skip to main content
OSTI.GOV title logo U.S. Department of Energy
Office of Scientific and Technical Information

Title: POF-Darts: Geometric adaptive sampling for probability of failure

Abstract

We introduce a novel technique, POF-Darts, to estimate the Probability Of Failure based on random disk-packing in the uncertain parameter space. POF-Darts uses hyperplane sampling to explore the unexplored part of the uncertain space. We use the function evaluation at a sample point to determine whether it belongs to failure or non-failure regions, and surround it with a protection sphere region to avoid clustering. We decompose the domain into Voronoi cells around the function evaluations as seeds and choose the radius of the protection sphere depending on the local Lipschitz continuity. As sampling proceeds, regions uncovered with spheres will shrink, improving the estimation accuracy. After exhausting the function evaluation budget, we build a surrogate model using the function evaluations associated with the sample points and estimate the probability of failure by exhaustive sampling of that surrogate. In comparison to other similar methods, our algorithm has the advantages of decoupling the sampling step from the surrogate construction one, the ability to reach target POF values with fewer samples, and the capability of estimating the number and locations of disconnected failure regions, not just the POF value. Furthermore, we present various examples to demonstrate the efficiency of our novel approach.

Authors:
 [1];  [1];  [1];  [1];  [2]
  1. Sandia National Lab. (SNL-NM), Albuquerque, NM (United States)
  2. Sandia National Lab. (SNL-NM), Albuquerque, NM (United States); Univ. of Texas, Austin, TX (United States)
Publication Date:
Research Org.:
Sandia National Lab. (SNL-NM), Albuquerque, NM (United States)
Sponsoring Org.:
USDOE National Nuclear Security Administration (NNSA)
OSTI Identifier:
1262234
Report Number(s):
SAND-2016-6079J
Journal ID: ISSN 0951-8320; PII: S095183201630045X
Grant/Contract Number:
AC04-94AL85000
Resource Type:
Journal Article: Accepted Manuscript
Journal Name:
Reliability Engineering and System Safety
Additional Journal Information:
Journal Volume: 155; Journal Issue: C; Journal ID: ISSN 0951-8320
Publisher:
Elsevier
Country of Publication:
United States
Language:
English
Subject:
97 MATHEMATICS AND COMPUTING; probability of failure; percentile estimation; reliability; computational geometry; surrogate models

Citation Formats

Ebeida, Mohamed S., Mitchell, Scott A., Swiler, Laura P., Romero, Vicente J., and Rushdi, Ahmad A. POF-Darts: Geometric adaptive sampling for probability of failure. United States: N. p., 2016. Web. doi:10.1016/j.ress.2016.05.001.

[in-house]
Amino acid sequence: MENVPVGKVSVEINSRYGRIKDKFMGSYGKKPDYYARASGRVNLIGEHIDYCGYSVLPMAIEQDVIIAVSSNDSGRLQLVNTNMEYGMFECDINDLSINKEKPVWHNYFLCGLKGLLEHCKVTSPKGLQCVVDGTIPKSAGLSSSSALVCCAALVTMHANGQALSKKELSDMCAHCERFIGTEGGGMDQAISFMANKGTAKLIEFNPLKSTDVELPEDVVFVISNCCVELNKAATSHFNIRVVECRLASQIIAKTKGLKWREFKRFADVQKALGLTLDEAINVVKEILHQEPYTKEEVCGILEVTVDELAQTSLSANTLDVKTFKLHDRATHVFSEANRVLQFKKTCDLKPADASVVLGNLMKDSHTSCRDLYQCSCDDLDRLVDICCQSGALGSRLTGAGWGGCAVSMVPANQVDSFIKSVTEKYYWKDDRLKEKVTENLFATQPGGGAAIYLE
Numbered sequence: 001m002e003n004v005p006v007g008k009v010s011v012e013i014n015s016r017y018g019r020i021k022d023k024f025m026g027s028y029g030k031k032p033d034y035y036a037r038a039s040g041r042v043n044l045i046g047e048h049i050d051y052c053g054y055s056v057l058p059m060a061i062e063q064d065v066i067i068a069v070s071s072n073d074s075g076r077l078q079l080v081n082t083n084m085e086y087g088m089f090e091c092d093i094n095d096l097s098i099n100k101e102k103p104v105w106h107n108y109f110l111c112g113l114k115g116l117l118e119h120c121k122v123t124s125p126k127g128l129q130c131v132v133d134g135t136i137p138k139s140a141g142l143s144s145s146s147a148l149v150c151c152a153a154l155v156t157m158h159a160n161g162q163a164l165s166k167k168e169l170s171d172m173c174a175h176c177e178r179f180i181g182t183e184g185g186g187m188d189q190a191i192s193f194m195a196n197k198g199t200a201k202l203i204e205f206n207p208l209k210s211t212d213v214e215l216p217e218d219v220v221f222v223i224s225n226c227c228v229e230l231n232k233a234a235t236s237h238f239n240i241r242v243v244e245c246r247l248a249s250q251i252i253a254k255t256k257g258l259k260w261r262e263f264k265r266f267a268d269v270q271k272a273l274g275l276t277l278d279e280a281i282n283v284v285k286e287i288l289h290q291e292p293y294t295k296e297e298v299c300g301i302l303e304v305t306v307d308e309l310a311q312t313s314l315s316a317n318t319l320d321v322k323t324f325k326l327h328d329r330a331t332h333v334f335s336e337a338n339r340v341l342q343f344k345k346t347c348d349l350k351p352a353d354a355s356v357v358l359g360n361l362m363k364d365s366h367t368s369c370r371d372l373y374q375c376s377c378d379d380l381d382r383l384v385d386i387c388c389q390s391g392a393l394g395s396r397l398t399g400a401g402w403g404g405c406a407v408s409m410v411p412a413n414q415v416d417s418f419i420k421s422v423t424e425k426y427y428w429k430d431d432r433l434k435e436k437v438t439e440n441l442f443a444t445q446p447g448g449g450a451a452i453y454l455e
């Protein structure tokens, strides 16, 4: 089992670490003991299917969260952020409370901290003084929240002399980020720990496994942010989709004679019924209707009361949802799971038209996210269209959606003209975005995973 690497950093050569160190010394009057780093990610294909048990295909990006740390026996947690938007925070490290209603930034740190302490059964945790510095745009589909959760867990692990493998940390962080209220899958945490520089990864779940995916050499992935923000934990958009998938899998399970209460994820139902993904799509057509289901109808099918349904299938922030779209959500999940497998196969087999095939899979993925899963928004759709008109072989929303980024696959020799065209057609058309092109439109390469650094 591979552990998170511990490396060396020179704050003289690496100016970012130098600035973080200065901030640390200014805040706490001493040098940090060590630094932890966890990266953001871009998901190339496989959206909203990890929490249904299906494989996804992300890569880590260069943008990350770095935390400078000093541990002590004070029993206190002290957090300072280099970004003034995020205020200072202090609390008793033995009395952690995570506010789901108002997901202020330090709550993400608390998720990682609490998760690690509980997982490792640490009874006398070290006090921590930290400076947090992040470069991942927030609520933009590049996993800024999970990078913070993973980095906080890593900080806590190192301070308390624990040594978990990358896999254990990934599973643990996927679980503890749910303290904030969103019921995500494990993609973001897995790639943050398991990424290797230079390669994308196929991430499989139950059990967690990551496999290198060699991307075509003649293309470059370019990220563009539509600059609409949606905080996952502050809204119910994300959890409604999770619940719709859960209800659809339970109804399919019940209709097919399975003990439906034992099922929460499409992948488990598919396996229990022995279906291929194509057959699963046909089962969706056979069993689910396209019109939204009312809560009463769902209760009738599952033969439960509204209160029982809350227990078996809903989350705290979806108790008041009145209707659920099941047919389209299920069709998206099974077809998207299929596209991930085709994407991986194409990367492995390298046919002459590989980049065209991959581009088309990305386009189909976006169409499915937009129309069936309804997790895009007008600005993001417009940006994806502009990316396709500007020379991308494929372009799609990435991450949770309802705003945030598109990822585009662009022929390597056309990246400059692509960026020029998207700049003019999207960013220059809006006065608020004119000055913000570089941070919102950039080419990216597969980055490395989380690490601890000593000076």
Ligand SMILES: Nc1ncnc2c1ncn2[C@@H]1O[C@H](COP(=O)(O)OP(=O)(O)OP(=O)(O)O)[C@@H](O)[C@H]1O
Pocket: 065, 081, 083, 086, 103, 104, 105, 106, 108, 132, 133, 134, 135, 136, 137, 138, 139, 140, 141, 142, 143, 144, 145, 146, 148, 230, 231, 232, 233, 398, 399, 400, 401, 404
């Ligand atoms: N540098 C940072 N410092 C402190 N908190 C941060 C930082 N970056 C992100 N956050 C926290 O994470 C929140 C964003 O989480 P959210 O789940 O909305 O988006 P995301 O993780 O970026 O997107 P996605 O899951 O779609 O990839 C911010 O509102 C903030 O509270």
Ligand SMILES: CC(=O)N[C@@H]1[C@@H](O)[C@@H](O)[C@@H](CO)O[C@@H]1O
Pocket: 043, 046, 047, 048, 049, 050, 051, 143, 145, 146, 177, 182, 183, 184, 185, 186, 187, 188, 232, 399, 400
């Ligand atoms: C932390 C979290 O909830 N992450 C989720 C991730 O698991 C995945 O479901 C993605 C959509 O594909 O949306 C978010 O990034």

Ebeida, Mohamed S., Mitchell, Scott A., Swiler, Laura P., Romero, Vicente J., & Rushdi, Ahmad A. POF-Darts: Geometric adaptive sampling for probability of failure. United States. doi:10.1016/j.ress.2016.05.001.
Ebeida, Mohamed S., Mitchell, Scott A., Swiler, Laura P., Romero, Vicente J., and Rushdi, Ahmad A. 2016. "POF-Darts: Geometric adaptive sampling for probability of failure". United States. doi:10.1016/j.ress.2016.05.001. https://www.osti.gov/servlets/purl/1262234.
@article{osti_1262234,
title = {POF-Darts: Geometric adaptive sampling for probability of failure},
author = {Ebeida, Mohamed S. and Mitchell, Scott A. and Swiler, Laura P. and Romero, Vicente J. and Rushdi, Ahmad A.},
abstractNote = {We introduce a novel technique, POF-Darts, to estimate the Probability Of Failure based on random disk-packing in the uncertain parameter space. POF-Darts uses hyperplane sampling to explore the unexplored part of the uncertain space. We use the function evaluation at a sample point to determine whether it belongs to failure or non-failure regions, and surround it with a protection sphere region to avoid clustering. We decompose the domain into Voronoi cells around the function evaluations as seeds and choose the radius of the protection sphere depending on the local Lipschitz continuity. As sampling proceeds, regions uncovered with spheres will shrink, improving the estimation accuracy. After exhausting the function evaluation budget, we build a surrogate model using the function evaluations associated with the sample points and estimate the probability of failure by exhaustive sampling of that surrogate. In comparison to other similar methods, our algorithm has the advantages of decoupling the sampling step from the surrogate construction one, the ability to reach target POF values with fewer samples, and the capability of estimating the number and locations of disconnected failure regions, not just the POF value. Furthermore, we present various examples to demonstrate the efficiency of our novel approach.},